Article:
Why You Keep Doing Productivity Systems That Don’t Work

And how to do something new

Sponsored By: Reflect

This article is brought to you by Reflect, a beautifully designed note-taking app that helps you to keep track of everything, from meeting notes to Kindle highlights.

You’d think after your fourth time totally rearchitecting your notes system it would occur to you. 

You’d think after your tenth time blocking out three hours in the morning for “deep work” you’d learn. 

You’d think after your 357th attempt to buckle down and implement a one-touch inbox strategy it would finally get into your thick skull:

“This isn’t working for me. Maybe I should try something else.”

But that’s not actually what happens. What you say to yourself instead is, “This time it’s different. This time it will really work for me.” And you embark on whatever your personal Quixotic productivity quest is for the umpteenth time, only to have it fall apart a month later. 

I’ve done this myself a lot, and I’ve also seen a lot of people I respect and admire go through the same productivity cycle. My version of this is trying to get to inbox 0 with willpower alone, or deciding I need to be more authoritarian and detail-oriented in the way I run things at Every. It lasts for like two days and then I’m back to being myself. Fellow Every writer Nat Eliason wrote about it recently on his personal blog in a post entitled, “The Perfect Work Routine”, where he describes trying over and over again to block out a set number of hours each day for deep work only to fail miserably. 

These are Productivity White Whales, the things that you try to do again and again but that never quite work for you. They suck, but they can actually teach you something if you pay attention. You can learn how your brain interprets and tells stories that cause you to do things that don’t work, and what you need to let go of in order to be more productive.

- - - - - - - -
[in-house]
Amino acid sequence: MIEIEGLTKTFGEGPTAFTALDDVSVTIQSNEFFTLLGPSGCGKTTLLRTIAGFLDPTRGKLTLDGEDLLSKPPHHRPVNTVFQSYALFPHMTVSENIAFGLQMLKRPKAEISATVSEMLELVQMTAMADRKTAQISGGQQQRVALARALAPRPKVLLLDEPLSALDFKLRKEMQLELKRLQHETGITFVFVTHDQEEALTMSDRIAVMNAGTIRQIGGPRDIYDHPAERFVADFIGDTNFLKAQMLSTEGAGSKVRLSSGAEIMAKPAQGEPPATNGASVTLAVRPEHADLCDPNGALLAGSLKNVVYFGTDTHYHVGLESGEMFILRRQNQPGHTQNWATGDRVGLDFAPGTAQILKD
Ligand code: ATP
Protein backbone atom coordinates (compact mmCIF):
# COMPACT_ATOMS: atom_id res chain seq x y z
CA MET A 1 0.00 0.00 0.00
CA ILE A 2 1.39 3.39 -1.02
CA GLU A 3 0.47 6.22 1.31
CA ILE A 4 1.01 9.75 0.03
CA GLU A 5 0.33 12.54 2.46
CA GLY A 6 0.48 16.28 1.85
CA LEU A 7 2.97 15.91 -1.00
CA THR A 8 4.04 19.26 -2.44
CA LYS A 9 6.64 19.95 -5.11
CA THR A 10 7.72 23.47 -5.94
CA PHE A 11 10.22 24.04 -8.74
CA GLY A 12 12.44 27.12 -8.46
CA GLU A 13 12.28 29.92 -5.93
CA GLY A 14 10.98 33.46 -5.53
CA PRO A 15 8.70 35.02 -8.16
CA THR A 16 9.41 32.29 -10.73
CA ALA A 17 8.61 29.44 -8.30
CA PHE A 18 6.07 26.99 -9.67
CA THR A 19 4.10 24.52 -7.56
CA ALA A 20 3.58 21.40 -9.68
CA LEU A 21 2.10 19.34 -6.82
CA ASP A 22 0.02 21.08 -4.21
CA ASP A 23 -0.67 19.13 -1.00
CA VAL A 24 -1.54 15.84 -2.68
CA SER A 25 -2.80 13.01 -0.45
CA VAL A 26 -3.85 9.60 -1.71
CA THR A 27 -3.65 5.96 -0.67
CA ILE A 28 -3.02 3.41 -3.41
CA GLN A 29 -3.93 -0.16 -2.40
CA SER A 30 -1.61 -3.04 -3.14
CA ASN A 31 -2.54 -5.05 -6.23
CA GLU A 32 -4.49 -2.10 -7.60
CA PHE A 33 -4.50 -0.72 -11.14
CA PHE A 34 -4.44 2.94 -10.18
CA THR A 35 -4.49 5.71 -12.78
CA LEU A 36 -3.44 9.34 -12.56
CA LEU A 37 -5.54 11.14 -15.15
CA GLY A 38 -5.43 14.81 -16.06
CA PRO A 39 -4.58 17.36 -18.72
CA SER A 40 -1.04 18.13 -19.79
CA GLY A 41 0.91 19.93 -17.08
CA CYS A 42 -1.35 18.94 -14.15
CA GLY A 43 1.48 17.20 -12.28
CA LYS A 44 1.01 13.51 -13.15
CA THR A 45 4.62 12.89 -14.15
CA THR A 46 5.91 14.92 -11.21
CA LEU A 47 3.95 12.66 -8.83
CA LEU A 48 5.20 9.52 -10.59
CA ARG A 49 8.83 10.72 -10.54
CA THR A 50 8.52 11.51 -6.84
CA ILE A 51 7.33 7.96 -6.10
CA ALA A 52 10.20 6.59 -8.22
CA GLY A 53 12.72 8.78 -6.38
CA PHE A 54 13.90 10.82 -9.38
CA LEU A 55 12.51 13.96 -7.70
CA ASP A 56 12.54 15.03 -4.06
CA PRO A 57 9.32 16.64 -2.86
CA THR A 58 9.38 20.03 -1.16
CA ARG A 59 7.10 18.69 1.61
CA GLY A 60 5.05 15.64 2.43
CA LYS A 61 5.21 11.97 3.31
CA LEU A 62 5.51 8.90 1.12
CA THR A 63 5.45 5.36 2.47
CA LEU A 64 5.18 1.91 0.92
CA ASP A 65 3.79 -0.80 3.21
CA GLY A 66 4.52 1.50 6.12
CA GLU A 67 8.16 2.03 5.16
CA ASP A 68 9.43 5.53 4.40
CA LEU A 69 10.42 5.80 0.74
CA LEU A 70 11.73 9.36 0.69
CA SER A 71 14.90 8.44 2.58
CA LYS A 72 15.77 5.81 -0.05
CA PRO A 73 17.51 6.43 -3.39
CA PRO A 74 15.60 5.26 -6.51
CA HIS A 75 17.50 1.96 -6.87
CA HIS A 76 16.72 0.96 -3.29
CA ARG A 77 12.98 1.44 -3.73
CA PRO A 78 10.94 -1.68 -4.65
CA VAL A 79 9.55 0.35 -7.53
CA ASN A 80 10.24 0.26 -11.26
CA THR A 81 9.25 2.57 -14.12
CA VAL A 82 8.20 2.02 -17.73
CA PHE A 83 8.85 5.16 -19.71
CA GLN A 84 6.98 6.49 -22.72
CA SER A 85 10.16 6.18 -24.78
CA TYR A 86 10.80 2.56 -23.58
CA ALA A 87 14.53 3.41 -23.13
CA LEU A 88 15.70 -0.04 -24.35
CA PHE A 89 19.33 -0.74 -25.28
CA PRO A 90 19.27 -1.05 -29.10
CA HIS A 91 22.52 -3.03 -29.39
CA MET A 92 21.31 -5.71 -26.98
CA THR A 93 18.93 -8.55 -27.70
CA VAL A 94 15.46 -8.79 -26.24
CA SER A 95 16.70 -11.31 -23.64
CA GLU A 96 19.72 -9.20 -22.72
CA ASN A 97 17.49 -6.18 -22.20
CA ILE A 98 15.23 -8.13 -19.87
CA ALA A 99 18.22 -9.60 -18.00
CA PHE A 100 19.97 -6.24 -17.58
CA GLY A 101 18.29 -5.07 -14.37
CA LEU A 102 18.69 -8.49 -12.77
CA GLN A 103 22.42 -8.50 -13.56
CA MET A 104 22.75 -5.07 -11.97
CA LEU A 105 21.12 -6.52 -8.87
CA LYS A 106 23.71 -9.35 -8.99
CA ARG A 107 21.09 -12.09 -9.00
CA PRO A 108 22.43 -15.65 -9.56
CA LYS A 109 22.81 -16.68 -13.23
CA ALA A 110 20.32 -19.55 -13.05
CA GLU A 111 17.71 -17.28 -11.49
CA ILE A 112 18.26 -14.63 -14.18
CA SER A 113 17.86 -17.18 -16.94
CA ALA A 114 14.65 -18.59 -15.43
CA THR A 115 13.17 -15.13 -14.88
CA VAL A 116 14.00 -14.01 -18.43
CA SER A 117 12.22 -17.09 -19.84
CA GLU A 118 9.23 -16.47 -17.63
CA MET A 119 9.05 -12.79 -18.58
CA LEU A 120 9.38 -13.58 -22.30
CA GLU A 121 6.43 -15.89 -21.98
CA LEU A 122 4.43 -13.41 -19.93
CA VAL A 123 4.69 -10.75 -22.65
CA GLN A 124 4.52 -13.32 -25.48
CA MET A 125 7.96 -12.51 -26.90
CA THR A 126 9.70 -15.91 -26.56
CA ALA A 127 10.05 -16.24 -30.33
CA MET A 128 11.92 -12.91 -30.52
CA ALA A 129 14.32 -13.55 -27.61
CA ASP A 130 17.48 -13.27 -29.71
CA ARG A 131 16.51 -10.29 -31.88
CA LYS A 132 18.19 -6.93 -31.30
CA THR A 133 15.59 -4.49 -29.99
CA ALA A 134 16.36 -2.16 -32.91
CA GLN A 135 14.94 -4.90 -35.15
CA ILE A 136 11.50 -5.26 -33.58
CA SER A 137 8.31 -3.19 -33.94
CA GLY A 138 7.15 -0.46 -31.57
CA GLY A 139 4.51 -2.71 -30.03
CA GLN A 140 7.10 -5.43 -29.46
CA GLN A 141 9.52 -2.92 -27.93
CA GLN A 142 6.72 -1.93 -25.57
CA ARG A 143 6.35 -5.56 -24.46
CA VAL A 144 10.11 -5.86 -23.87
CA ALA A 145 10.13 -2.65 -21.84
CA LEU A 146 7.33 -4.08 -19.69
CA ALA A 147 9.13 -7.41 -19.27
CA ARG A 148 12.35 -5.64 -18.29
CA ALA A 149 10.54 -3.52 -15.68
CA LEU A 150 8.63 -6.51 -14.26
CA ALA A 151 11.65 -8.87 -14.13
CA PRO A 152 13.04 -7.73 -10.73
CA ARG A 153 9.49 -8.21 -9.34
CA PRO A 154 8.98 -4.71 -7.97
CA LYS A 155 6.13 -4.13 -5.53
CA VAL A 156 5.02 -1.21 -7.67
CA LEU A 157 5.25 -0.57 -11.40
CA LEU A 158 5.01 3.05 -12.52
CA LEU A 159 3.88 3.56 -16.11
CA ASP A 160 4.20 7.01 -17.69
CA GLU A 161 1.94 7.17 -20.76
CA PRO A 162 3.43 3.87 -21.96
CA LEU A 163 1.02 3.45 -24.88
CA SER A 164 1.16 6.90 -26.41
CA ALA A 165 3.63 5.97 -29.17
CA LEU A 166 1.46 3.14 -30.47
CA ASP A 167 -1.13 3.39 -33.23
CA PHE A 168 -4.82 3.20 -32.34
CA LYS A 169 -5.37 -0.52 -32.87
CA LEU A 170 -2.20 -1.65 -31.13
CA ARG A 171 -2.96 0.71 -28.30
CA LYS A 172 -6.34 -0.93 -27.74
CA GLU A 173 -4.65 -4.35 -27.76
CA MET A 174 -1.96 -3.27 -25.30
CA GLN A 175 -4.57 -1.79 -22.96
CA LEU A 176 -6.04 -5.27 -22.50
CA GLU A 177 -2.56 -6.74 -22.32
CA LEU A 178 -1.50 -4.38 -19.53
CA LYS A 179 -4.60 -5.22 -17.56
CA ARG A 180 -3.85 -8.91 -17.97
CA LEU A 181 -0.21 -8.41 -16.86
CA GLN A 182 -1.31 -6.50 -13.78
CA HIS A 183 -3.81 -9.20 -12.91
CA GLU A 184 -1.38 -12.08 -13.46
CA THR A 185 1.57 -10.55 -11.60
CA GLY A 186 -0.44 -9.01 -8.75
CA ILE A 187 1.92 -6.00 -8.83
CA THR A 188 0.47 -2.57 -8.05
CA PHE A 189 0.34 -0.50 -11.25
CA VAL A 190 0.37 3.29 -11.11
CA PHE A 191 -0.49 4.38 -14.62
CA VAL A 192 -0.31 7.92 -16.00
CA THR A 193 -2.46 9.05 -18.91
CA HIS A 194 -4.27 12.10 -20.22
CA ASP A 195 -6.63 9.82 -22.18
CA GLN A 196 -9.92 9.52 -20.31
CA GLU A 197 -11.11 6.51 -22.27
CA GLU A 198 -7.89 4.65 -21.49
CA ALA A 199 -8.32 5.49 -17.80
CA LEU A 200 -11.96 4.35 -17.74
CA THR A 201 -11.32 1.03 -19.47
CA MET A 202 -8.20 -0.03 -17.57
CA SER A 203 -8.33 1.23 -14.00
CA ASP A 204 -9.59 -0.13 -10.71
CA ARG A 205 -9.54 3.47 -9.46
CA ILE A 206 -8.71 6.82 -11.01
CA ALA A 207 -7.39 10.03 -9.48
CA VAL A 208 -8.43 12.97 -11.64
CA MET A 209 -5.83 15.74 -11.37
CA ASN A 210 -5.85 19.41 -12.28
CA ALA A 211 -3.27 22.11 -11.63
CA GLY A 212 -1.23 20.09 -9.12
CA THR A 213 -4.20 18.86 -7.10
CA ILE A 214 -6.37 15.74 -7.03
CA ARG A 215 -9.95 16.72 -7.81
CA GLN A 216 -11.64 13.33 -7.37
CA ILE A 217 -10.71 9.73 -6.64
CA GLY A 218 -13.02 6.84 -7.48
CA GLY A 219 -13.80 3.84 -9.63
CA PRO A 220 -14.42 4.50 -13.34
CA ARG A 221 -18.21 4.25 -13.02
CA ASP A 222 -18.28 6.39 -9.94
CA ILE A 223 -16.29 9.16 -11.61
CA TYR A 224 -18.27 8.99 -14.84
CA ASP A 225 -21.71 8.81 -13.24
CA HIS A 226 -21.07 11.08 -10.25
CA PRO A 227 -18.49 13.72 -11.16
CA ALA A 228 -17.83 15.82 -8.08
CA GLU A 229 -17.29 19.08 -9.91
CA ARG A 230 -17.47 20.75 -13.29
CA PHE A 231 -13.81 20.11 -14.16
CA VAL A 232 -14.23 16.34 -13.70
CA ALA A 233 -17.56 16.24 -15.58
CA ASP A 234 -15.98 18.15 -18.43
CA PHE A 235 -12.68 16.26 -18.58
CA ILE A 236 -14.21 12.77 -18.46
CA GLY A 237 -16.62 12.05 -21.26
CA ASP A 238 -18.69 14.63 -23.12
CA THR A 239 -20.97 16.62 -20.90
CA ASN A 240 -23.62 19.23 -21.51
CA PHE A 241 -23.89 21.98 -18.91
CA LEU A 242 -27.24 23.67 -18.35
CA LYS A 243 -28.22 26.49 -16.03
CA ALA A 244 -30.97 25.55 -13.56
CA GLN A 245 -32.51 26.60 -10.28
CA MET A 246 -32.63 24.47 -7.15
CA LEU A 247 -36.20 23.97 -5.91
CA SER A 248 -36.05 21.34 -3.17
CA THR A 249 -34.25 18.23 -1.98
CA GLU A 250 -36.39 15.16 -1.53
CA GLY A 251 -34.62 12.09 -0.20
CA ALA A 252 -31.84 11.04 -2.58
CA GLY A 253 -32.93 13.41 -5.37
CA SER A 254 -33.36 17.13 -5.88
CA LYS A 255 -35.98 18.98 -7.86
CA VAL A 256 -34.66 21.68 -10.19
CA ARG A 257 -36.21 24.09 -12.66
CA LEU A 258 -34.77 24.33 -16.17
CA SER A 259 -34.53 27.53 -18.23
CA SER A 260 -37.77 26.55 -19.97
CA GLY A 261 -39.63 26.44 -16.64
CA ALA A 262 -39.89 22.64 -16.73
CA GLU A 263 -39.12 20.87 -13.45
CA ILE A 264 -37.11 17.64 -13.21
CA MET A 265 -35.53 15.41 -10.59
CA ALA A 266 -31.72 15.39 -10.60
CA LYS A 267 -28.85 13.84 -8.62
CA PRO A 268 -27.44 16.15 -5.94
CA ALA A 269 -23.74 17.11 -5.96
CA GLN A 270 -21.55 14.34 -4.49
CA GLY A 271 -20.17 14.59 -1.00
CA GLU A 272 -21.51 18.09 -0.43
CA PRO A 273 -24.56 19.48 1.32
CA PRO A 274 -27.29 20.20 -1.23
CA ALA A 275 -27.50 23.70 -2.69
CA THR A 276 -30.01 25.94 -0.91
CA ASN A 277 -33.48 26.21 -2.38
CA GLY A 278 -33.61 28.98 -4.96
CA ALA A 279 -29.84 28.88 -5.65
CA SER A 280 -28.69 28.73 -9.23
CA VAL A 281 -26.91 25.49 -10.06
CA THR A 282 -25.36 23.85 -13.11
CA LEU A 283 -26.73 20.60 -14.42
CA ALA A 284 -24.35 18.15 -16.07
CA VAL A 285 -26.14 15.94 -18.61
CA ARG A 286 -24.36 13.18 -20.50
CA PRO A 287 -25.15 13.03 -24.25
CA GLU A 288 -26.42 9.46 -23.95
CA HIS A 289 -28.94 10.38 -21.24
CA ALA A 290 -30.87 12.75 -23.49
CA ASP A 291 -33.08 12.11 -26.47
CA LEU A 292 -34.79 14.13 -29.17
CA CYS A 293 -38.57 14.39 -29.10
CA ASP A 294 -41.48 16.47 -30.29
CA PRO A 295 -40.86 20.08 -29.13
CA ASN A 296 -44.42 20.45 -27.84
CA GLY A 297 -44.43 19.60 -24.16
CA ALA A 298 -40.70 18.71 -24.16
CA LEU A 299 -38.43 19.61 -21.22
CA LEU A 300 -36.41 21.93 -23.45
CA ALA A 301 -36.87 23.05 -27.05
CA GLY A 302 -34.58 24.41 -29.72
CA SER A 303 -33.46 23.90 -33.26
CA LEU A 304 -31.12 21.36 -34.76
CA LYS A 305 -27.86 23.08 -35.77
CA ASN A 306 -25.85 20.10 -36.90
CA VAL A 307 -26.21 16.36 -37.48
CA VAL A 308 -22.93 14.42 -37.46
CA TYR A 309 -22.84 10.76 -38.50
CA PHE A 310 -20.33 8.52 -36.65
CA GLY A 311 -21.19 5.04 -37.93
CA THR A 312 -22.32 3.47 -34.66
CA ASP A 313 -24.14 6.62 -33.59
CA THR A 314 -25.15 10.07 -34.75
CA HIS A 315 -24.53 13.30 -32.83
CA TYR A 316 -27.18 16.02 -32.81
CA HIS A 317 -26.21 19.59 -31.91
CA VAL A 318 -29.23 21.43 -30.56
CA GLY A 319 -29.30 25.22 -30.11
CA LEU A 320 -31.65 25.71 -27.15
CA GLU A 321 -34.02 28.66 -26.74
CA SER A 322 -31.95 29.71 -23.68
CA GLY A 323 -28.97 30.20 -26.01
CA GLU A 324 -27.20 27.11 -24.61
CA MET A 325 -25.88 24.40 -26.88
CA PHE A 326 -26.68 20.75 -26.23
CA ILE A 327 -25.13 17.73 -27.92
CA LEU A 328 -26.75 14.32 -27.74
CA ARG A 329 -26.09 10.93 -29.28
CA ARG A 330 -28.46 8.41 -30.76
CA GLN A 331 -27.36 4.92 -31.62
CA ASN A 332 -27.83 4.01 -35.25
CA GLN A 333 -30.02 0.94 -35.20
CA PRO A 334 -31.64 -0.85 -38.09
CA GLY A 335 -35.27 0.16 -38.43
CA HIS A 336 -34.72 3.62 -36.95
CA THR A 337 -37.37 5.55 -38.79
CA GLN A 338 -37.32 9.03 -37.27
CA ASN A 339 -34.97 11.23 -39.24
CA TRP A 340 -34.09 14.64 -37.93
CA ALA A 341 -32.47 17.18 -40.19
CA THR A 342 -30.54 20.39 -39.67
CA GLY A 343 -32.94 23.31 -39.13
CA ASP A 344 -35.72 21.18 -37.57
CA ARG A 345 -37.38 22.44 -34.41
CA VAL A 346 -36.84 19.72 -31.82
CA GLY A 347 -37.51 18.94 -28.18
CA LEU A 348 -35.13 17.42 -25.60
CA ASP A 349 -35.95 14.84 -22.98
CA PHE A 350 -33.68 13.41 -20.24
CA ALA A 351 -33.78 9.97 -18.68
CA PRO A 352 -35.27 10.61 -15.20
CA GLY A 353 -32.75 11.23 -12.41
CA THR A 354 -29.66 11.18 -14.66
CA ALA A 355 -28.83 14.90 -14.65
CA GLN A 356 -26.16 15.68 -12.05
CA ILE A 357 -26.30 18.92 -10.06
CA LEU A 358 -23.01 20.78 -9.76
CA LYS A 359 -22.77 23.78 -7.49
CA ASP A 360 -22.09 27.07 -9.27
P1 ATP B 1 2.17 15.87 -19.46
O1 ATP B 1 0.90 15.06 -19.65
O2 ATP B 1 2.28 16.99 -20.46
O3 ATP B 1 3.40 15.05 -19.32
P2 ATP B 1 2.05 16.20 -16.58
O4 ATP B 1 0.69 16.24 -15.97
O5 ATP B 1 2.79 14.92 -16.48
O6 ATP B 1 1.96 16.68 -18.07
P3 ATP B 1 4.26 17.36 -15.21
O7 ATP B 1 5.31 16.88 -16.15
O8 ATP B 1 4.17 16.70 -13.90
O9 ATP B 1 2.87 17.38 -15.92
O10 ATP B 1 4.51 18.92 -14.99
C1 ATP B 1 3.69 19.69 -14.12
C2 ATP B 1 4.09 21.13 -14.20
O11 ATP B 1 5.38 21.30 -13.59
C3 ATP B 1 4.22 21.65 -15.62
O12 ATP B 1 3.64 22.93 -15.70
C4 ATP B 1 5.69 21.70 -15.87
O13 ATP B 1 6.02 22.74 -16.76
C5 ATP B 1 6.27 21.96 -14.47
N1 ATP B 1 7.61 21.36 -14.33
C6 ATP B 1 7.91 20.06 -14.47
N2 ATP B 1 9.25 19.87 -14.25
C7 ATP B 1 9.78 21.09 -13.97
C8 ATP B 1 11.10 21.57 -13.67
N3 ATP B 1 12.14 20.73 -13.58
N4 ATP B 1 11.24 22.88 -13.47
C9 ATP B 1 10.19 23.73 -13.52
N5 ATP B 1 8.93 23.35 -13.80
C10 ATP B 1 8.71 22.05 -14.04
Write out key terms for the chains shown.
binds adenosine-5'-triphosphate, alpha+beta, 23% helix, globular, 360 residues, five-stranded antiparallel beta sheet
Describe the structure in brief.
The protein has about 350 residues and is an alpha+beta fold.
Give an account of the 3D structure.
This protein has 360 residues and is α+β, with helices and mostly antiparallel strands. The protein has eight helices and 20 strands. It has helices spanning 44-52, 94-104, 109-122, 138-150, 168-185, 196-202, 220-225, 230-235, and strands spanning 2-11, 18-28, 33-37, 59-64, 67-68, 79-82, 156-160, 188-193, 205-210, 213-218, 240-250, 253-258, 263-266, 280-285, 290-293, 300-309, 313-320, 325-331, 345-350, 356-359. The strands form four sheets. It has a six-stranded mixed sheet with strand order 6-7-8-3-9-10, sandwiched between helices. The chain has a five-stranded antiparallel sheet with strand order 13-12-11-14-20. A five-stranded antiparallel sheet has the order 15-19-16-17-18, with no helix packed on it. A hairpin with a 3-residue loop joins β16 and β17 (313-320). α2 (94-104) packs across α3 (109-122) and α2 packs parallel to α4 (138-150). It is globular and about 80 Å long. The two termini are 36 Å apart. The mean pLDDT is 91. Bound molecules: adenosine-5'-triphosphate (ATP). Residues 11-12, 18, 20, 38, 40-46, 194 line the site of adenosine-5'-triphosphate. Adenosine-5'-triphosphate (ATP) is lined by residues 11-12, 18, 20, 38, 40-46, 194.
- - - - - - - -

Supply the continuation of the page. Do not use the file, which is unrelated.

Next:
I think this perspective is actually quite radical. We’re used to thinking about enhancing our productivity by thinking about what we need to add to our lives: systems, processes, routines etc. But another important part of living a more productive life is knowing what to get rid of—of learning to lose parts of our lives that aren’t working for us even when that feels terrifying. 

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The stories we tell shape the systems we try

Let me take myself as an example. I’ve written a lot about Inbox 0 as one of my productivity White Whales. It usually gets stirred up by a narrative:

I’ll read about one of those people: you know, the Andrew Wilkinsons or Arianna Simpsons—the people who live in their inbox, whose thumbs are a constant blur, who respond within 30 seconds to anything they get. When I read their stories something gets stirred up in me about the kind of person I could be if I was more like them.

First, what happens is I make a connection between the specific thing they’re able to do—get to inbox 0 consistently—and the kind of success they have, and a feeling I imagine they feel all the the time: calm, cool, collected, consistent, and machine-like. 

Once I’ve built up that story, I turn my attention to myself. I construct a story that’s something like, If I use this tactic that they use I’d:

  1. Get to inbox 0 consistently I’d
  2. Never leave anyone hanging 
  3. This would mean that Every would be an extremely successful business
  4. This would mean it would meet my basic needs
  5. This would mean I would be like Andrew or Arianna
  6. This would mean I’d have this certain kind of feeling about myself that I assume they feel (in control, responsive, calm, collected, consistent—like a machine)

When I write it all out like that it’s quite a lot! My brain is instantaneously building up this gigantic causal story about them and about me. It all happens in a second, as a solid congealed stack of linked, unfolding consequences.

It’s actually quite motivating, because I know what to do next! All I have to do is look at the specific tactic they use to do inbox 0 consistently and then BAM! all of the other consequences will unfold naturally. Sometimes the tactic is a one-touch email strategy, sometimes it’s using Superhuman, sometimes it’s templated responses—but at this point any tactic is worth a shot. So I head back out into the email wilderness having drunk my productivity fire whiskey ready to do the impossible. 

But if you look closely you can see the serious flaws in this story that I’m building up about them and about myself—and how they keep me trapped in doing the same things over and over again.